Candidate for Eastvale City Council
What the Pakistani-American Community Can Do for Anwer A. Khan

 

Anwer A. Khan, a Pakistani American running for Eastvale City Council in Riverside, was interviewed by Pakistan Link. His answers to questions about his candidacy were convincing and reassuring. Here is an opportunity for the community to have a Pakistani in public office. Anwer needs your support and vote.

PL: Could you tell us something about your family background?

AAK: My mother and father both came from Pakistan. My father came to the US in January, 1966, and my mother joined him in 1969 after marriage to him. My father was an engineering executive and is now retired from a regular job. Presently, he is on the Faculty of University of Phoenix Graduate School of Management, and is the Associate Dean for the School of Business of American Heritage University. I was born in Houston, TX and have been raised in Placentia and Yorba Linda, where my family presently resides. I am the youngest of the three children of a very loving family. My family has always been supportive of my activities and decisions.

PL: Your academic attainments and acquisitions

AAK: I earned my Bachelor of Arts degrees from the University of California, Los Angeles (UCLA), where I majored in Political Science and Sociology and minored in Public Policy. I earned Chancellor’s Student Honors, Provost’s Honors for eleven quarters, was a member of the Phi Beta Kappa, Alpha Kappa Delta, and Golden Key honor societies, and graduated cum laude. I then attended and graduated with a JD degree from the Arizona State University College of Law (subsequently renamed the Sandra Day O’Connor College of Law). There, I received Pro Bono Distinction for assisting poor and underserved individuals and the International Academy of Trial Lawyers Award, among other awards.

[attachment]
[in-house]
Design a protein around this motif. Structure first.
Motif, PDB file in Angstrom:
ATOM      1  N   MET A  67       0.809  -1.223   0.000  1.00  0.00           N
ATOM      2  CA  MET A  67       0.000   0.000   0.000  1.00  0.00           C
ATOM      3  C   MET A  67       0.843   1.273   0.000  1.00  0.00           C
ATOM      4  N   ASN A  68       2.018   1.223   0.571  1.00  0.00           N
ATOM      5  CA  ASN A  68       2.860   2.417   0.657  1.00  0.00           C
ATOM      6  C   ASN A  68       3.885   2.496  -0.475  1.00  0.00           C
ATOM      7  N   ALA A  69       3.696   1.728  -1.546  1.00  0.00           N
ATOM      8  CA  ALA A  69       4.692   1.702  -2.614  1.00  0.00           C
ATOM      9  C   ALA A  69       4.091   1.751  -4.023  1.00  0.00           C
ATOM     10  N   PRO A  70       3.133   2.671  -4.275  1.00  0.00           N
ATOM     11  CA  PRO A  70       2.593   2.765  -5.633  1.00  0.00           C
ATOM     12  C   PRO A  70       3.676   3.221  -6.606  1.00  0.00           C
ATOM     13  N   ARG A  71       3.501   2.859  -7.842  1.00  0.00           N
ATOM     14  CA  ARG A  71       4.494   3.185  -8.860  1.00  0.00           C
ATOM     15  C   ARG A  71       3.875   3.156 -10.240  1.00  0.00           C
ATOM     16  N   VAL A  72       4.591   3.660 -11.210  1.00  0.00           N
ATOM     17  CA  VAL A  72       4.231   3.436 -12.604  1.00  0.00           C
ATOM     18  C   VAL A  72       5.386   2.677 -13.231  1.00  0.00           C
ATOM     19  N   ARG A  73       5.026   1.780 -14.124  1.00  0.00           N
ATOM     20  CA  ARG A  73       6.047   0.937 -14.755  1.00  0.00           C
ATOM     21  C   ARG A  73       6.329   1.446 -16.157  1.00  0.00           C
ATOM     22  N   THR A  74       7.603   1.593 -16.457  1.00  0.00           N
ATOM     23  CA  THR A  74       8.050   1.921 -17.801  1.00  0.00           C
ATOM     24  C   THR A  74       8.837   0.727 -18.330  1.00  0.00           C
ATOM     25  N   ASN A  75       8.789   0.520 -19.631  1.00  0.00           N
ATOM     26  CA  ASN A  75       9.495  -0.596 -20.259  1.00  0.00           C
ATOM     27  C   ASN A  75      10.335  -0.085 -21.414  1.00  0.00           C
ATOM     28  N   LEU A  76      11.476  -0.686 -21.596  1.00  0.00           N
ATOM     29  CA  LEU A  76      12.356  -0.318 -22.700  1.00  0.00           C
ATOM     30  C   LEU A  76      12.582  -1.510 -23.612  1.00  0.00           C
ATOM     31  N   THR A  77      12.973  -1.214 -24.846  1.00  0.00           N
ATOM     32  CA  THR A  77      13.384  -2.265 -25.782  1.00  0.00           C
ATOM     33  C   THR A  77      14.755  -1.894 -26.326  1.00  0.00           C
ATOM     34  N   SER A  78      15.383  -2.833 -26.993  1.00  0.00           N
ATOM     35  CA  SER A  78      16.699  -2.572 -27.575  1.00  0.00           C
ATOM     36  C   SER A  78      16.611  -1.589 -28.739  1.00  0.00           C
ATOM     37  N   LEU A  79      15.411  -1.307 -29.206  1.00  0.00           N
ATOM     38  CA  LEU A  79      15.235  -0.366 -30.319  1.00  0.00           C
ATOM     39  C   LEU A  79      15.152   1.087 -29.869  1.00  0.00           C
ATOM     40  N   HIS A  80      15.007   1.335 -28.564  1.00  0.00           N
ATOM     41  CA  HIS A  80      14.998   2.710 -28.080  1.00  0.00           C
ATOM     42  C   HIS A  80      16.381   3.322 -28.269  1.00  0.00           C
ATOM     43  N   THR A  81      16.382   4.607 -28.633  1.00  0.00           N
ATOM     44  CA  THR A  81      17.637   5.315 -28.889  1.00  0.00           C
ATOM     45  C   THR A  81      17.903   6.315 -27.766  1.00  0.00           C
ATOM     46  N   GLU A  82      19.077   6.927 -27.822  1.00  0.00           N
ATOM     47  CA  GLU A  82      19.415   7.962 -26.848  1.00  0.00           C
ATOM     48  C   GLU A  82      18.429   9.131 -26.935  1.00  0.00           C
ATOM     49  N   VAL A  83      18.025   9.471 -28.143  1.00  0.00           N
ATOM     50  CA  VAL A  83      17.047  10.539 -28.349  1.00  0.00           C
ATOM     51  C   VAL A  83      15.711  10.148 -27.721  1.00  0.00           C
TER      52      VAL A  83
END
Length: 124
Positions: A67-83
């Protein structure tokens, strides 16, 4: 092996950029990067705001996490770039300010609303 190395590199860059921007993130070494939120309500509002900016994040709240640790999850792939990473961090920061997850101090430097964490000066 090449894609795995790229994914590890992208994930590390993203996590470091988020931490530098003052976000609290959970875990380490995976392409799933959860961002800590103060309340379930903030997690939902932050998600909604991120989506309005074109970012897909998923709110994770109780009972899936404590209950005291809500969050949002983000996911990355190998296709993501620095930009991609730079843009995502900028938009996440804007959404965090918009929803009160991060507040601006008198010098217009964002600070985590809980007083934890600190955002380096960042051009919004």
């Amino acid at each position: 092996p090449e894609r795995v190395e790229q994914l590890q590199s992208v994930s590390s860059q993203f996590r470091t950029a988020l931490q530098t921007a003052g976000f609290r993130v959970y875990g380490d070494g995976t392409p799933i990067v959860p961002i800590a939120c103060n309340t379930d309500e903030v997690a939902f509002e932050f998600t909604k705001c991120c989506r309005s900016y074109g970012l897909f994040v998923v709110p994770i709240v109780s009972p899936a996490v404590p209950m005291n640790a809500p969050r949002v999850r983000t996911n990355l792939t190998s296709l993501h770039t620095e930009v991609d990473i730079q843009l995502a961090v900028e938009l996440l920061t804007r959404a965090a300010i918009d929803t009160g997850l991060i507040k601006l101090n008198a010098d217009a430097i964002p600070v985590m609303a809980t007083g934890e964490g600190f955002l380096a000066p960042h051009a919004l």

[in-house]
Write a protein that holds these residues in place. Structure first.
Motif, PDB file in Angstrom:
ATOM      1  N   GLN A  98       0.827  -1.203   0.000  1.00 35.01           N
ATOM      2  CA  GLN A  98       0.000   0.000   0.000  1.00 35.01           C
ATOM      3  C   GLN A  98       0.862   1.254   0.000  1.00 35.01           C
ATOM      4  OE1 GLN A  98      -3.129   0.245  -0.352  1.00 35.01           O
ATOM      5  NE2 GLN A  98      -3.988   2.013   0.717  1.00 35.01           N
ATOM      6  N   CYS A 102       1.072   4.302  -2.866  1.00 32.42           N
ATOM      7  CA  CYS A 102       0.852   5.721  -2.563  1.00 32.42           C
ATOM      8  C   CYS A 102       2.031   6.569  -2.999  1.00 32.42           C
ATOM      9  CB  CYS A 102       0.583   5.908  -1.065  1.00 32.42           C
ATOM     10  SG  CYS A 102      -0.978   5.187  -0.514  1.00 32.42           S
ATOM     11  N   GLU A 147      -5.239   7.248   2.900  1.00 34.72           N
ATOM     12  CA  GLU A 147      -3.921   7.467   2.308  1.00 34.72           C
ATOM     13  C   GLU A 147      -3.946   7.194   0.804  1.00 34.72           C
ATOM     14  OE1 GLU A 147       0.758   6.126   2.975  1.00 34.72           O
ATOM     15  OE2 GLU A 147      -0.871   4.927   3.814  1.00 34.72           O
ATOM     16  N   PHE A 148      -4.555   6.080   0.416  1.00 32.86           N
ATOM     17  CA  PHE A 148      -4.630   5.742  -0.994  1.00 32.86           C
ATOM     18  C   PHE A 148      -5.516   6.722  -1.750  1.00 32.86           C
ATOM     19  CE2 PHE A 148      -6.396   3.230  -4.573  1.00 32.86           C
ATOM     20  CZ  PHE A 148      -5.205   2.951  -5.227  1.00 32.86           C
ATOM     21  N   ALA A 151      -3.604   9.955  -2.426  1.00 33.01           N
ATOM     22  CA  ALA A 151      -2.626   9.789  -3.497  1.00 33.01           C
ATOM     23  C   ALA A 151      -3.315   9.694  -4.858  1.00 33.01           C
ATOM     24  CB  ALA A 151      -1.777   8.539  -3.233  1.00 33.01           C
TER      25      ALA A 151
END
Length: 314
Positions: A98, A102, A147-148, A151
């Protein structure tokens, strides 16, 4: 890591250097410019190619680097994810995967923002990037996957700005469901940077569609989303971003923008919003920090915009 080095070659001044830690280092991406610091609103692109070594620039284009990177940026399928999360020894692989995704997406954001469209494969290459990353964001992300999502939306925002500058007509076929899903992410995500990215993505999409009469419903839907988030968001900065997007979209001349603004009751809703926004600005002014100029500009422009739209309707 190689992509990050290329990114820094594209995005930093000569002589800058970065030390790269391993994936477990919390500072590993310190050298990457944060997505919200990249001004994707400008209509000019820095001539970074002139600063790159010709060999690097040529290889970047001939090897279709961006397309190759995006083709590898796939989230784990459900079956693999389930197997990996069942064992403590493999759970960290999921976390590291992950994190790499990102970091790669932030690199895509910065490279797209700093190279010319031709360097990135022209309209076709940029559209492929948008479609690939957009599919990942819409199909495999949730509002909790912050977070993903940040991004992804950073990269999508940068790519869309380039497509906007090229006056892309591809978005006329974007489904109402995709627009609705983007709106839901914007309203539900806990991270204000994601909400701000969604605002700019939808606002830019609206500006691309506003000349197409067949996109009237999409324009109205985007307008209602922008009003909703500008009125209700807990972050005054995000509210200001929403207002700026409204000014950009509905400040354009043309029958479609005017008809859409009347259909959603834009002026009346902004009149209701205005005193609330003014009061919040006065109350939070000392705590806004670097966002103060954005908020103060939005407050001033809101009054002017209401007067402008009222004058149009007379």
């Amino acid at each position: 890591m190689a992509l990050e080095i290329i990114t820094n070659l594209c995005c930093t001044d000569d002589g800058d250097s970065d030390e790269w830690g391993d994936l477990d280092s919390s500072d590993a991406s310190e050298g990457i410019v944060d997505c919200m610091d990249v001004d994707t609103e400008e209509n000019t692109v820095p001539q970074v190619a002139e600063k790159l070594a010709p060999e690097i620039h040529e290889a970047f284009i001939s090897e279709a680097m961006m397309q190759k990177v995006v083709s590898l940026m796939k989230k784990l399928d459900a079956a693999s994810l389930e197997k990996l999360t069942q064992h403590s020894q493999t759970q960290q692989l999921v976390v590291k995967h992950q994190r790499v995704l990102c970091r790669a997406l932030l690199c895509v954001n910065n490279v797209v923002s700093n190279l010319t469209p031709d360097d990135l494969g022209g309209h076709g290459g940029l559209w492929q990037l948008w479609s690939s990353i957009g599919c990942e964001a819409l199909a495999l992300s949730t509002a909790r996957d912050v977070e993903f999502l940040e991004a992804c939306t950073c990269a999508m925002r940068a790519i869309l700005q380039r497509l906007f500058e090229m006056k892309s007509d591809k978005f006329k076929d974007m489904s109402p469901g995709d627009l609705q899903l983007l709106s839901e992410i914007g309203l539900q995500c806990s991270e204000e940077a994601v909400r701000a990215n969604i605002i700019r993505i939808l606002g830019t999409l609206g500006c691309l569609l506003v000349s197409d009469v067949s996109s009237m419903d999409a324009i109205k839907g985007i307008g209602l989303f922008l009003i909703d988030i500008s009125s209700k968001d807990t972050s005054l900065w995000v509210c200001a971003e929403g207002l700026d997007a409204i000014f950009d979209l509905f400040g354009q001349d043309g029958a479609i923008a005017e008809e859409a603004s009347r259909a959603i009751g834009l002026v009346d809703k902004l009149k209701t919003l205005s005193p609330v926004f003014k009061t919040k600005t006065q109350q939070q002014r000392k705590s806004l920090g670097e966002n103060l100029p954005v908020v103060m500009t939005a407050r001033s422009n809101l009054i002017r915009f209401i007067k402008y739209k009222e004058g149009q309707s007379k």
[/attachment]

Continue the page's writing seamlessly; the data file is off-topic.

PL: Your professional background and milestones in life so far

AAK: I am an attorney for the government and a member of one of the largest law enforcement agencies in the nation, targeting transnational gangs, drug traffickers, human traffickers, foreign fugitives, and human rights violators. I previously worked for the United States Department of Justice and then various civil litigation firms, where I represented individuals with matters in district court, in circuit courts of appeals, and before federal administrative agencies.

PL: What office are you running for and when will the elections be held?

AAK: I am running for a council member seat in the city of Eastvale. Eastvale is located in Riverside County, California. Council members in Eastvale serve fou- year terms that are staggered so that either two or three seats are up for election every two years. This year, three seats are being contested. The election will be held on Tuesday, November 4, 2014.

PL: Give details about what this position entails in layman's language